HNC Social Care Psychology Essay

1493 Words Mar 4th, 2015 6 Pages
How can psychological theory help me to understand the development and needs of an individual?

To answer this question I will use the Case Study of John. John is a twenty-five year old adult who identifies the following as his key issues: low self-esteem, low self-confidence, excessive alcohol consumption and occasional recreational drug use, depression and anxiety; particularly social anxiety with members of the opposite sex.

To begin understanding the development and needs of John I will explore the generally accepted lifespan through which each individual progress. This is an ongoing process from birth until death and consists of five stages according to age: infancy, childhood, adolescence, adulthood and older adulthood. At
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John’s low self-confidence and lack of belief in his own abilities could be attributed to lack of this encouragement. John says his parents always compared him unfavourably to his siblings whom they considered more successful at school. John was expelled from mainstream school and continued with his education in residential school, fell into a bad crowd and developed unhealthy behaviours such as drug taking. John says “ I remember my father telling me ”You’re really dumb. Why can’t you do anything right?” . Negative attitudes by his parents and would also explain john’s self-confessed inferiority complex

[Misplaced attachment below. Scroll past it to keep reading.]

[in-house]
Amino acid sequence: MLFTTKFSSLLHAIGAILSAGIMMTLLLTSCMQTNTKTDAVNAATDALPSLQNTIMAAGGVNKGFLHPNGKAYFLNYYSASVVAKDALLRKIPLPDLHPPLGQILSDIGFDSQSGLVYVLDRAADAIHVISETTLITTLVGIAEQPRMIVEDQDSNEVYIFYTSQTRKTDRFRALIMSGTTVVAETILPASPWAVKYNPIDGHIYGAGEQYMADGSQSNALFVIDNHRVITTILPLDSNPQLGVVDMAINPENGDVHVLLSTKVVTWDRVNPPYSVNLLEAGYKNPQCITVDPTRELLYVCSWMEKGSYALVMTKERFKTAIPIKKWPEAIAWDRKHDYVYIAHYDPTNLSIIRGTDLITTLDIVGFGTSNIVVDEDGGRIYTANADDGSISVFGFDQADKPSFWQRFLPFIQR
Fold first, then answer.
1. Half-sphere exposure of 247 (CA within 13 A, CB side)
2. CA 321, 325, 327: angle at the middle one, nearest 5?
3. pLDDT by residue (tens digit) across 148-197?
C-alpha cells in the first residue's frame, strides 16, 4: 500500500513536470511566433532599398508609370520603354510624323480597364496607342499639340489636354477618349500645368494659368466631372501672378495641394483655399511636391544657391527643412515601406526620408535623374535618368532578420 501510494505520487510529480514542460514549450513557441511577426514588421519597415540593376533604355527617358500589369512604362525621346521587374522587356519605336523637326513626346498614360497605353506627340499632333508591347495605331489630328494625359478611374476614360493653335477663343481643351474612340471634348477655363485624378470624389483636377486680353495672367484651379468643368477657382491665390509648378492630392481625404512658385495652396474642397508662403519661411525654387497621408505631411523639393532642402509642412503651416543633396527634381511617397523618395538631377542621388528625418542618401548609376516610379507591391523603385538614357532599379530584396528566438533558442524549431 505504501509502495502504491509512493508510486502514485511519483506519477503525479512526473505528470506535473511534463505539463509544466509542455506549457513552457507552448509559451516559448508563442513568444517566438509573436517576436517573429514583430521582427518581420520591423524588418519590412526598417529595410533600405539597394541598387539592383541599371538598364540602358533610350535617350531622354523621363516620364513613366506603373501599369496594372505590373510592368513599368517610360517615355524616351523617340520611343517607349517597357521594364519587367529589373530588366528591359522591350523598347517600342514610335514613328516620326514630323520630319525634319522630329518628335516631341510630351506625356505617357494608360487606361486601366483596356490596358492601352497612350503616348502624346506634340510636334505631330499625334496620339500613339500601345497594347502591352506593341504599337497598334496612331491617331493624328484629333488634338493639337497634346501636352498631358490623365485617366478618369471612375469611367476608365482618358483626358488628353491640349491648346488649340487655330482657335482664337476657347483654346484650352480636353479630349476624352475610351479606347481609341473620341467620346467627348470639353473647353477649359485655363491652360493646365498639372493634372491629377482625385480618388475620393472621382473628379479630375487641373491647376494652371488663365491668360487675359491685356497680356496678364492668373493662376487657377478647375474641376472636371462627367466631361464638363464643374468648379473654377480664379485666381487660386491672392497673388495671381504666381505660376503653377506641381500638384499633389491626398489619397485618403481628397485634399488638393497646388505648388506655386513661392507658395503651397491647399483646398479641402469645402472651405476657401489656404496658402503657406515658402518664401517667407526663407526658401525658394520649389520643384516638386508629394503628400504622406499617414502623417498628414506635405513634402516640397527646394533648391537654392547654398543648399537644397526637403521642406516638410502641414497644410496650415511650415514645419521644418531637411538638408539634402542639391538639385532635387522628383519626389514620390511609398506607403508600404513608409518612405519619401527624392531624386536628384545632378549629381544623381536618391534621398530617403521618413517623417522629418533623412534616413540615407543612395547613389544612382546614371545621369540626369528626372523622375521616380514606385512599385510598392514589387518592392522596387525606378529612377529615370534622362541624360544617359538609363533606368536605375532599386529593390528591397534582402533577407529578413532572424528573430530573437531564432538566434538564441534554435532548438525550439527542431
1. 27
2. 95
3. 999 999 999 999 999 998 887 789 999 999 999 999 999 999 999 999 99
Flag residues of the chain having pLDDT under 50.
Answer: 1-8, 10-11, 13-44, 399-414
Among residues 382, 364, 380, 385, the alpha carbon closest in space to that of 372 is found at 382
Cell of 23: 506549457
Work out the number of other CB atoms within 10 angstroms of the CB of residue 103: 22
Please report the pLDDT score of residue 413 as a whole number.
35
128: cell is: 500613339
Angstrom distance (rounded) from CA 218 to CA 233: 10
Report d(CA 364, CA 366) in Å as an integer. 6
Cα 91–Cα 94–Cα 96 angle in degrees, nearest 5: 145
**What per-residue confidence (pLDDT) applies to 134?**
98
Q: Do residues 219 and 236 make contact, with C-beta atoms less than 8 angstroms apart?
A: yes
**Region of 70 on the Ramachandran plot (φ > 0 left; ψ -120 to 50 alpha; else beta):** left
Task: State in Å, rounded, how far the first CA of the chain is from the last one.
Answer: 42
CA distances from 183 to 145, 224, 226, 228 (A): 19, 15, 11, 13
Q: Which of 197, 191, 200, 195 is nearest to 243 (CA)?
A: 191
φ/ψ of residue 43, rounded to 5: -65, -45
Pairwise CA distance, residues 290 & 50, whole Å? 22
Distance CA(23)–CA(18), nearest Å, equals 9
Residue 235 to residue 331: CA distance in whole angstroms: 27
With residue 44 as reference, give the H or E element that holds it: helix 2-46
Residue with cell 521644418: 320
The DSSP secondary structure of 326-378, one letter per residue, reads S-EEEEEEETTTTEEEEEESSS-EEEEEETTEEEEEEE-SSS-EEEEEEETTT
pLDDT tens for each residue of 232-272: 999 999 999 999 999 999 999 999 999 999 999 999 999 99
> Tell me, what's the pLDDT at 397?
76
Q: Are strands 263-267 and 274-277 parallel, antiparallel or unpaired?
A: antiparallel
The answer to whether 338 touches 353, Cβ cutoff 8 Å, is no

Strengths of this perspective are, understanding that an individual’s behaviour may be influenced by past experiences, and consistent with the social care value base that throughout life, challenges must be responded to in order to promote service users independence.
Weaknesses are that theory cannot be tested scientifically and some of the ideas are outdated.

The Humanistic perspective pioneered by Abraham Maslow and Carl Rogers comes from a more holistic approach, taking into account how we think, feel and act not just about behaviour and past childhood experiences. Considering the person themselves to be the expert in their own life. Humanist theorists believe everyone has an ‘Actualising tendency’ meaning everyone has a basic human instinct to fulfil their potential. Whether conditions are right or wrong and our physical and psychological

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